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Children of the Arctic


Winds shifted and greatly lessened last night providing a view across Teshekpuk Lake this morning by 10am. We decided to stay an extra day so we could get some work done up at Drew Point. Up until now has been too windy to fly an aerial survey of the bluff edge with Ben’s new drone.

View of blog author from Ben's drone at Drew Point 

Getting ready to go out today was much more relaxing than the last few days. Mostly because it was so much nicer out and was enjoying the thought of getting out to bounce up north being able to take in the landscape. Some preacher was on KBRW rapping about some difference between bibles that a BFD to him and could dictate our rewards upon entering heaven. Then it switched to NPR’s Mountain Stage and this cool musician shared some super cool songs and stories ranging from gun policy to what he’s learned from his kids, plus Jesus’s dismay with modern adults and relief in children.

 Ben pulling camera from mast at Drew Point in increasing light

Ice data we’ve collected on this trip is mostly in line with previous early winter adventures. Very thin for this time of year and lakes are generally deeper. Ice thickness averaged about 42 cm on Dec-1. Based on observation calibrated models from last 40 years, Dec-1 ice thickness averages 77 cm and ranges from 40 to 110 cm. Previous two years have been about 40 cm. Not only that, but higher lake levels is making it take even longer from for many lakes to freeze solid (thus protecting permafrost below lakes and the carbon stored in it). We published a recent paper on the subject of thin ice and processes controlling it.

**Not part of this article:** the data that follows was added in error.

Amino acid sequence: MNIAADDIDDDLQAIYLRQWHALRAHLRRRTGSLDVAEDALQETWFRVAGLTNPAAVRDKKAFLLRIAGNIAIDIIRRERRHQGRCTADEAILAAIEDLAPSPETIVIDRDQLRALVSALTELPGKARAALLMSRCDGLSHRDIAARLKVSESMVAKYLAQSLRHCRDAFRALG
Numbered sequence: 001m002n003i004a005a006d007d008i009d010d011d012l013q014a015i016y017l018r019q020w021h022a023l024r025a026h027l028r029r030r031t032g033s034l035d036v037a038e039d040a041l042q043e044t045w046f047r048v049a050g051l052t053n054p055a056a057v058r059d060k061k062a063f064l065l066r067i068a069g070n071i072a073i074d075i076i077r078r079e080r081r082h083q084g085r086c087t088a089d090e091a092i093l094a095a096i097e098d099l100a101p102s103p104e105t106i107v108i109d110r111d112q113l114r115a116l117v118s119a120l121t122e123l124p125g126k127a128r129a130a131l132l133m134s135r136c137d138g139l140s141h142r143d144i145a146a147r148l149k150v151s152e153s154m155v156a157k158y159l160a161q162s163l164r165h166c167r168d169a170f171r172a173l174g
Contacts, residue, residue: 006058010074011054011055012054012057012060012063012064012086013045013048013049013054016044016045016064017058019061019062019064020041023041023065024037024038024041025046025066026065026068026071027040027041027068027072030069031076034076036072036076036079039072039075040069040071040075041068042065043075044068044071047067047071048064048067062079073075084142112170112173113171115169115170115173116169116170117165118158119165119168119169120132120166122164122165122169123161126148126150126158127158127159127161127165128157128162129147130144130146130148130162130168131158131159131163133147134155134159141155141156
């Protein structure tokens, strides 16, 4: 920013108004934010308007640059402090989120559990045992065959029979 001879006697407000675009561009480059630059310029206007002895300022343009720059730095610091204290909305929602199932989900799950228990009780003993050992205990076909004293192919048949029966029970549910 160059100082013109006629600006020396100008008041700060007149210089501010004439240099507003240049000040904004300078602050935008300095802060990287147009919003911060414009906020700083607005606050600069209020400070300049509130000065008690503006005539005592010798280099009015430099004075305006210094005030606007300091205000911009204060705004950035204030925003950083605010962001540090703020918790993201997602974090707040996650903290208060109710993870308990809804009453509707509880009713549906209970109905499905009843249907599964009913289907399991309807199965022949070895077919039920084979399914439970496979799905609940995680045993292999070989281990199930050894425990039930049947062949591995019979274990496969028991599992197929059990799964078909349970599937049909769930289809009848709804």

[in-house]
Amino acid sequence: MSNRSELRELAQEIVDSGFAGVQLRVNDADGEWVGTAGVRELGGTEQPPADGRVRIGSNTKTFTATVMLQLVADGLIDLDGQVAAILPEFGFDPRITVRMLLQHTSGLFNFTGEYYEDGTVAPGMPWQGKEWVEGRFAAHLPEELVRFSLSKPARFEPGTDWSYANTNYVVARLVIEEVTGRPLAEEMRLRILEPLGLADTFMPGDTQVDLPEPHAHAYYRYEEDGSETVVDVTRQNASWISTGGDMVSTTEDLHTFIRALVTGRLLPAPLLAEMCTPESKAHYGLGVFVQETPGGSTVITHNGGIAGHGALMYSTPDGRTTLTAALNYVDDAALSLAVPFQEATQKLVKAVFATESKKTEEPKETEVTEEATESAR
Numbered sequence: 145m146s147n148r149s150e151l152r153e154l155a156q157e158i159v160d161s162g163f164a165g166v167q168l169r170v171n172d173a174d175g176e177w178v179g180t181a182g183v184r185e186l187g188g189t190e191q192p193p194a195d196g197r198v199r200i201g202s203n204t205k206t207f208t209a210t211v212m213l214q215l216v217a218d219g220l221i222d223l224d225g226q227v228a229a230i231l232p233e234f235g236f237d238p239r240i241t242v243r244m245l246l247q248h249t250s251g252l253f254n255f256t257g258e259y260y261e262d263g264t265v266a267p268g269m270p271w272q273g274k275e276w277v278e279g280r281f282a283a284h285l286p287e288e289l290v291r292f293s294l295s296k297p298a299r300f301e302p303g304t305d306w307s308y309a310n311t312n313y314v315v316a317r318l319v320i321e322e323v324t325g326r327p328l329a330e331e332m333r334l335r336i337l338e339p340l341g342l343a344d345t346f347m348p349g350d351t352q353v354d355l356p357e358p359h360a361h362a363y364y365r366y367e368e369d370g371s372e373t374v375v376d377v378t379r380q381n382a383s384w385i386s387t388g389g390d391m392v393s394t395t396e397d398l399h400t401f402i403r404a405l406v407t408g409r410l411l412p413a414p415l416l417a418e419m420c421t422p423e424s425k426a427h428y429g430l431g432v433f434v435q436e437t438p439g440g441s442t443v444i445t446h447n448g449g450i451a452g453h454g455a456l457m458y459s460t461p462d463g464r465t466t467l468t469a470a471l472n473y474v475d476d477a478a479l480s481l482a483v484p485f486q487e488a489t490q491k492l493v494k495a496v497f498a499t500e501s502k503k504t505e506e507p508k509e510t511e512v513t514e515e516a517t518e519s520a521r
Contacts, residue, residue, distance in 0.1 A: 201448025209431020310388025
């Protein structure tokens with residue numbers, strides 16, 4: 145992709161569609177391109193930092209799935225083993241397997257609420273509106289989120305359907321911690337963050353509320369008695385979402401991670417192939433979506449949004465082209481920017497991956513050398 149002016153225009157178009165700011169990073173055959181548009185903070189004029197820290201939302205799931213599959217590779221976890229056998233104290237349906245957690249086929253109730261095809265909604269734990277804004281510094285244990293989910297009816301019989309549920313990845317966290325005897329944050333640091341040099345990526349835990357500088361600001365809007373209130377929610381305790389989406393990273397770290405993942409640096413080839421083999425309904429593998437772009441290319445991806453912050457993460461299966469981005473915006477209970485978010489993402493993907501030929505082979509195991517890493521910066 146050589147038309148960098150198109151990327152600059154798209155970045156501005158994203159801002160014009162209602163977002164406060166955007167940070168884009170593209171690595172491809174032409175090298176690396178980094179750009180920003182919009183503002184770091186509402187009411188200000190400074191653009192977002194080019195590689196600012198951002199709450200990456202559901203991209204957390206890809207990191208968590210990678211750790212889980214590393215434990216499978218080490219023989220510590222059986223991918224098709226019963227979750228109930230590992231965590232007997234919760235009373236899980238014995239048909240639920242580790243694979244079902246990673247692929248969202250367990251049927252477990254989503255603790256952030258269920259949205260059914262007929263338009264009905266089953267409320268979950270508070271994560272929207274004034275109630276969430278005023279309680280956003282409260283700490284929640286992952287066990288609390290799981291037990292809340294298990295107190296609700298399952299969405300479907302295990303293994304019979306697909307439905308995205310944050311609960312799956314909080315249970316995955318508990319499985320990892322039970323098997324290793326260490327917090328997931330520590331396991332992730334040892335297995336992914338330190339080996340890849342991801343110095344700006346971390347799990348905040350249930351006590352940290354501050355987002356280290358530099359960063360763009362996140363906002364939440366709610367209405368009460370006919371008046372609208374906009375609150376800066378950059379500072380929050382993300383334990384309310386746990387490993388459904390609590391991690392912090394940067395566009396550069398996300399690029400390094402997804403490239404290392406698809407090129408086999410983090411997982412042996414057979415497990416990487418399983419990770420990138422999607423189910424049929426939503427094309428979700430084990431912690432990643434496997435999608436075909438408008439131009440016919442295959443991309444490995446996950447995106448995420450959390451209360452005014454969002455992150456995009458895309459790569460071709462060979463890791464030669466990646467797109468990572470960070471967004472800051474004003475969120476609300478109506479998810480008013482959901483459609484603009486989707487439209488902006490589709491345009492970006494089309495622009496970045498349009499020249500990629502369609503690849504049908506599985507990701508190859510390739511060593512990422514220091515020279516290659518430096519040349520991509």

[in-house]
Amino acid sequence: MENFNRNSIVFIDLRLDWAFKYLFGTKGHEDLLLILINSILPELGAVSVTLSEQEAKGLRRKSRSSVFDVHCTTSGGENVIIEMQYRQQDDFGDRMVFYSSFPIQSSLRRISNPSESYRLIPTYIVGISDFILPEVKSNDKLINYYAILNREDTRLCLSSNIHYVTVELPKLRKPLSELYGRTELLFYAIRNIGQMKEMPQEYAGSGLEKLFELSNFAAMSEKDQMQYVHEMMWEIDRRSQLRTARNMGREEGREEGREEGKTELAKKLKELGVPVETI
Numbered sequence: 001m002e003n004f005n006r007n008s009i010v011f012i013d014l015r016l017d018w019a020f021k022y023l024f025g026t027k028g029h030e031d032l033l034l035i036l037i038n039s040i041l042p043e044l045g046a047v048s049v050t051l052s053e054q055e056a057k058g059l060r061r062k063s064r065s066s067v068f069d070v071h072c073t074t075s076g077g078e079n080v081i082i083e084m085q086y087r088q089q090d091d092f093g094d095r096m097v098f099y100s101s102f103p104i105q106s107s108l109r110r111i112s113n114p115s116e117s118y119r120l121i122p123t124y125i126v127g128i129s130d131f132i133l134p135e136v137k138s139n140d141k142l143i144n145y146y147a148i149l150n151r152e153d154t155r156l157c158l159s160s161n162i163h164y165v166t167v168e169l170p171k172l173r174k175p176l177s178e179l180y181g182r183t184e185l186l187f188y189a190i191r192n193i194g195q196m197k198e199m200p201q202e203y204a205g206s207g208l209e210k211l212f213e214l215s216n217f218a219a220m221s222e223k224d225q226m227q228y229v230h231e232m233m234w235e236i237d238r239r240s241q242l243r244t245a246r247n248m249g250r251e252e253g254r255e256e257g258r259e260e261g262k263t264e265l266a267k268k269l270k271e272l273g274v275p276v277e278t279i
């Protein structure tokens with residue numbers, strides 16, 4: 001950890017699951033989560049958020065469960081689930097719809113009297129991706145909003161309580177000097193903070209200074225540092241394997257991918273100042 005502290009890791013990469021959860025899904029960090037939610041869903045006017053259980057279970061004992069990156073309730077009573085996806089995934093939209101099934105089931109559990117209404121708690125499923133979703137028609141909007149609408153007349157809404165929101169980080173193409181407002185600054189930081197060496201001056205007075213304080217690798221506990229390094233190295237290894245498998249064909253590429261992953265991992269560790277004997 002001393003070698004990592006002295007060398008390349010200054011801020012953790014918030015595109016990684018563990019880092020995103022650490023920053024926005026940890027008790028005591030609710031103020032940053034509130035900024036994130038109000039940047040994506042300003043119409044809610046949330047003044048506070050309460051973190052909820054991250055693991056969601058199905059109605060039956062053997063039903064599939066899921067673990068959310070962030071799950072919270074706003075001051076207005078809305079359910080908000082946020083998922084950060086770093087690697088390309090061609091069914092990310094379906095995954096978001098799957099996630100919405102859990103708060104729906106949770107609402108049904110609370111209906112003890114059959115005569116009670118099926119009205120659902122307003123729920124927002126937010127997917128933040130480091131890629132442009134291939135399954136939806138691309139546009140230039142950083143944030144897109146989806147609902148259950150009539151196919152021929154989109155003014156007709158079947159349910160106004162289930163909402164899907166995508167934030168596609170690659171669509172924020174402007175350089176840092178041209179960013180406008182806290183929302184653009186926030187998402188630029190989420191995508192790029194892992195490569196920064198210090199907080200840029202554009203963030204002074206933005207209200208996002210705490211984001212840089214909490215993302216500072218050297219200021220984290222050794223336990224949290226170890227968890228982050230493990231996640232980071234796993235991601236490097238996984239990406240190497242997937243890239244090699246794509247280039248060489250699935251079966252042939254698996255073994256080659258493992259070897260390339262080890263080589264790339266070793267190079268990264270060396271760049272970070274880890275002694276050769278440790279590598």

Electronics shed at Tesh Lake at end of twilight 

Been thinking about what we’ve learned from doing winter trips in the Arctic and where to go next. Lots of possibilities, maybe the questions are “who has the biggest stake?” in our work and “who is most interested in learning about their precious and fascinating environment?” The answer is kind of obvious. Its young people who live the north where ice and snow are still regular parts of life. I’m very excited because we have a new opportunity to reach these stakeholders through a freshwater ice observation networks called “Fresh Eyes on Ice”. It’s a NSF AON project with multiple observation components, remote sensing, sensor and camera networks, field measurement like the one were doing right now, but also a community-based monitoring component were we’ll work with schools in Alaska towns and villages to make systematic observations and do special projects related to ice on rivers and lakes to get kids excited about arctic science. Thing is I bet we’ll learn a lot from the kids and maybe even get some new arctic scientists invigorated to better understand our arctic system.